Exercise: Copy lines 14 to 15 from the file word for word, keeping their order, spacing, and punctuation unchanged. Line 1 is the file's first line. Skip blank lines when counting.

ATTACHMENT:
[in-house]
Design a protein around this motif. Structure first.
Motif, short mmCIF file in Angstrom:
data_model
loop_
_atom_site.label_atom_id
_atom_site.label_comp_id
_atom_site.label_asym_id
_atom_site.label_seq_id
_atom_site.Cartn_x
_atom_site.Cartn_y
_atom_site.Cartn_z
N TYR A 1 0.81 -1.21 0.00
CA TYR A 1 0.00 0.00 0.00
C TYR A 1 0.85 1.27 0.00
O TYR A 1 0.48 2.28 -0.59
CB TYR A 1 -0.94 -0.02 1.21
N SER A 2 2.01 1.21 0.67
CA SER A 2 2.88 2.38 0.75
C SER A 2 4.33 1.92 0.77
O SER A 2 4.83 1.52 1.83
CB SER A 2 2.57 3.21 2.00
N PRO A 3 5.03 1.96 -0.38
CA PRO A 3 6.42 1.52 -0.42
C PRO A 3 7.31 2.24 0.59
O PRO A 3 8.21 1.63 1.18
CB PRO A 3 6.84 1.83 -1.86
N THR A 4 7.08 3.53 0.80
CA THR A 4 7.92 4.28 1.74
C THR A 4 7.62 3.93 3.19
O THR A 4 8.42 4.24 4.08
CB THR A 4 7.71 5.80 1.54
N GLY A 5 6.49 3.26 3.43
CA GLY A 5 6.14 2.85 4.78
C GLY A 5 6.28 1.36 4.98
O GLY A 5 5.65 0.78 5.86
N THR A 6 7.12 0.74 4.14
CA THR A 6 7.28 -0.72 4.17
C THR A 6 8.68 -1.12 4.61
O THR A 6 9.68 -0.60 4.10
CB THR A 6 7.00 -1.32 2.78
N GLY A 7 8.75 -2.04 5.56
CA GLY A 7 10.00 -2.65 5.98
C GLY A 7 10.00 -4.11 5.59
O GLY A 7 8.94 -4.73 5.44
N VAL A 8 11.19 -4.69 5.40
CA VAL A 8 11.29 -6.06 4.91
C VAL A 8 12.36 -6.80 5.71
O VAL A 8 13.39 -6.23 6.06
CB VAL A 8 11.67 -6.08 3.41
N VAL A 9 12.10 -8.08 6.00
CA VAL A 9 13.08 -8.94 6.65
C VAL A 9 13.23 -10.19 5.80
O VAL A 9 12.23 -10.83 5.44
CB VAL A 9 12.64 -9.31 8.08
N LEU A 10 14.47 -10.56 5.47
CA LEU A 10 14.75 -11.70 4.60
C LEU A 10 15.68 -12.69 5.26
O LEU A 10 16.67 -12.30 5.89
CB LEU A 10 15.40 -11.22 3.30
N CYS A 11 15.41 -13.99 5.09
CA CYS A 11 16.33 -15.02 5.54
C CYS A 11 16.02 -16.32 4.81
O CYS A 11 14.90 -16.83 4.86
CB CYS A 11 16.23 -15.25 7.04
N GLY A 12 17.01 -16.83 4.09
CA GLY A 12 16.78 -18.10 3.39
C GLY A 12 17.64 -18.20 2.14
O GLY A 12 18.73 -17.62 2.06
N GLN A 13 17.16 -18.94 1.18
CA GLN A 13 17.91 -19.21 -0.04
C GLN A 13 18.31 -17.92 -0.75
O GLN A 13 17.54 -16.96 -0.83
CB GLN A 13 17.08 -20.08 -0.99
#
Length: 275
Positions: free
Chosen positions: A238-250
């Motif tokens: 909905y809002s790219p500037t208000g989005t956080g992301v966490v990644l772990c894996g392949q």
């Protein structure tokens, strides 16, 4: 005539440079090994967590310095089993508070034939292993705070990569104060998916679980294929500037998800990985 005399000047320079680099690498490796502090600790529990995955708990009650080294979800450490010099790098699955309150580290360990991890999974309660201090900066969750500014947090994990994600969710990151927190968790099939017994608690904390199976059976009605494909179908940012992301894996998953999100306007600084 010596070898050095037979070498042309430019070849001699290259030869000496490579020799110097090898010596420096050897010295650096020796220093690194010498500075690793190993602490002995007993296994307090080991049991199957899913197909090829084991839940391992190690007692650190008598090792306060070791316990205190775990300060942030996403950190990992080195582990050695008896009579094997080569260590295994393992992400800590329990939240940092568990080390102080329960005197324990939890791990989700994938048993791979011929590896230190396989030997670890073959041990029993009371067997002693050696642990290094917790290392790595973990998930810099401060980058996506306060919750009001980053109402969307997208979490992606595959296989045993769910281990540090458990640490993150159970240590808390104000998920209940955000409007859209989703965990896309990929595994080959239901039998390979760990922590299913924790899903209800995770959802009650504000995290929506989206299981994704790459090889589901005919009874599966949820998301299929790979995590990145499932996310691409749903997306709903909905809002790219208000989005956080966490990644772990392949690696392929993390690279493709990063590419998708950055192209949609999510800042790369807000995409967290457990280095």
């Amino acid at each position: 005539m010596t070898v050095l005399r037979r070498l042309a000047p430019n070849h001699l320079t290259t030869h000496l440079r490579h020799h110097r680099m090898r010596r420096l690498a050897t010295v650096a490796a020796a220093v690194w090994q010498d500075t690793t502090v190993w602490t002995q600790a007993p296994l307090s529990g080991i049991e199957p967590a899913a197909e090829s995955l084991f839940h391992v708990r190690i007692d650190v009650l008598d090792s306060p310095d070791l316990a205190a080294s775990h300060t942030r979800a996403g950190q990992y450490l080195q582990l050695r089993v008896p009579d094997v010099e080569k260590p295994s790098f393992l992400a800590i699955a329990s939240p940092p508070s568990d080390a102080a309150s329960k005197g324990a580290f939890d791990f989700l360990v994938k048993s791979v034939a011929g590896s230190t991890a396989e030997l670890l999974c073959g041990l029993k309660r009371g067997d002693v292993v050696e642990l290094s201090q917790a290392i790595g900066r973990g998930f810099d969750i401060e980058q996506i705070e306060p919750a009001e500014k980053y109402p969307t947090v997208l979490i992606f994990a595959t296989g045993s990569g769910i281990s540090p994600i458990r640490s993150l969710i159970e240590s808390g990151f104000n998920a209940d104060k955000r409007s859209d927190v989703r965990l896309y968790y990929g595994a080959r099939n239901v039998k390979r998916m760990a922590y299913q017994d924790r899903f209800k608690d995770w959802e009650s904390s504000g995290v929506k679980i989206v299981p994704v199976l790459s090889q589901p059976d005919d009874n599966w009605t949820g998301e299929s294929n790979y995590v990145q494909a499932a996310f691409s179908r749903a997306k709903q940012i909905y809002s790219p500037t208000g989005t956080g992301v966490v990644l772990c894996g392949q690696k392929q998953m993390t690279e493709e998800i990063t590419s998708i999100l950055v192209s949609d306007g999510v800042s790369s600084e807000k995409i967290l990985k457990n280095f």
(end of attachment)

CA TYR A 1 0.00 0.00 0.00
C TYR A 1 0.85 1.27 0.00